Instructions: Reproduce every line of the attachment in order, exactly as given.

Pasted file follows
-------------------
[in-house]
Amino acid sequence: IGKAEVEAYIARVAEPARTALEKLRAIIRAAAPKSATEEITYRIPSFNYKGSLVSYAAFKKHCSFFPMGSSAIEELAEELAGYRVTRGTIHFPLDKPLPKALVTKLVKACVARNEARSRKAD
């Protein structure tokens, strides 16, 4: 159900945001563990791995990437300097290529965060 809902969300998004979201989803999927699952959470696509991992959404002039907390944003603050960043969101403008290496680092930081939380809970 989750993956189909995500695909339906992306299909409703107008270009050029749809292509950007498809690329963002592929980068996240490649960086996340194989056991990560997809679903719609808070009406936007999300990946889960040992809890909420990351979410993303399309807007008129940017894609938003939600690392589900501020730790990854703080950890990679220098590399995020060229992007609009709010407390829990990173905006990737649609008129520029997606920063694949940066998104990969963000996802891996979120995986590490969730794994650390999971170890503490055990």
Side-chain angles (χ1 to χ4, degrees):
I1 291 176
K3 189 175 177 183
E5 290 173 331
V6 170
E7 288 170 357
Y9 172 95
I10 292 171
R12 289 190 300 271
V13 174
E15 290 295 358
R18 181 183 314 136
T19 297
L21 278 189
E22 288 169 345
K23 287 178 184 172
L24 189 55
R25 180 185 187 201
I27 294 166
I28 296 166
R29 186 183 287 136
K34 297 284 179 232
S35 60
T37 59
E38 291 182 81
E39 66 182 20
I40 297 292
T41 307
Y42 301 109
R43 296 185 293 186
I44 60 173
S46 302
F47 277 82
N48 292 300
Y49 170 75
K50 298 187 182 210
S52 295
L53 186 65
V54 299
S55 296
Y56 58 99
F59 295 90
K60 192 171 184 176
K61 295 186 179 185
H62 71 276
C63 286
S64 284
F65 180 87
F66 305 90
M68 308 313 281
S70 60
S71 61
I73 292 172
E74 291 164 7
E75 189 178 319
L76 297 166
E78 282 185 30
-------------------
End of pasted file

[in-house]
Amino acid sequence: IGKAEVEAYIARVAEPARTALEKLRAIIRAAAPKSATEEITYRIPSFNYKGSLVSYAAFKKHCSFFPMGSSAIEELAEELAGYRVTRGTIHFPLDKPLPKALVTKLVKACVARNEARSRKAD
């Protein structure tokens, strides 16, 4: 159900945001563990791995990437300097290529965060 809902969300998004979201989803999927699952959470696509991992959404002039907390944003603050960043969101403008290496680092930081939380809970 989750993956189909995500695909339906992306299909409703107008270009050029749809292509950007498809690329963002592929980068996240490649960086996340194989056991990560997809679903719609808070009406936007999300990946889960040992809890909420990351979410993303399309807007008129940017894609938003939600690392589900501020730790990854703080950890990679220098590399995020060229992007609009709010407390829990990173905006990737649609008129520029997606920063694949940066998104990969963000996802891996979120995986590490969730794994650390999971170890503490055990």
Side-chain angles (χ1 to χ4, degrees):
I1 291 176
K3 189 175 177 183
E5 290 173 331
V6 170
E7 288 170 357
Y9 172 95
I10 292 171
R12 289 190 300 271
V13 174
E15 290 295 358
R18 181 183 314 136
T19 297
L21 278 189
E22 288 169 345
K23 287 178 184 172
L24 189 55
R25 180 185 187 201
I27 294 166
I28 296 166
R29 186 183 287 136
K34 297 284 179 232
S35 60
T37 59
E38 291 182 81
E39 66 182 20
I40 297 292
T41 307
Y42 301 109
R43 296 185 293 186
I44 60 173
S46 302
F47 277 82
N48 292 300
Y49 170 75
K50 298 187 182 210
S52 295
L53 186 65
V54 299
S55 296
Y56 58 99
F59 295 90
K60 192 171 184 176
K61 295 186 179 185
H62 71 276
C63 286
S64 284
F65 180 87
F66 305 90
M68 308 313 281
S70 60
S71 61
I73 292 172
E74 291 164 7
E75 189 178 319
L76 297 166
E78 282 185 30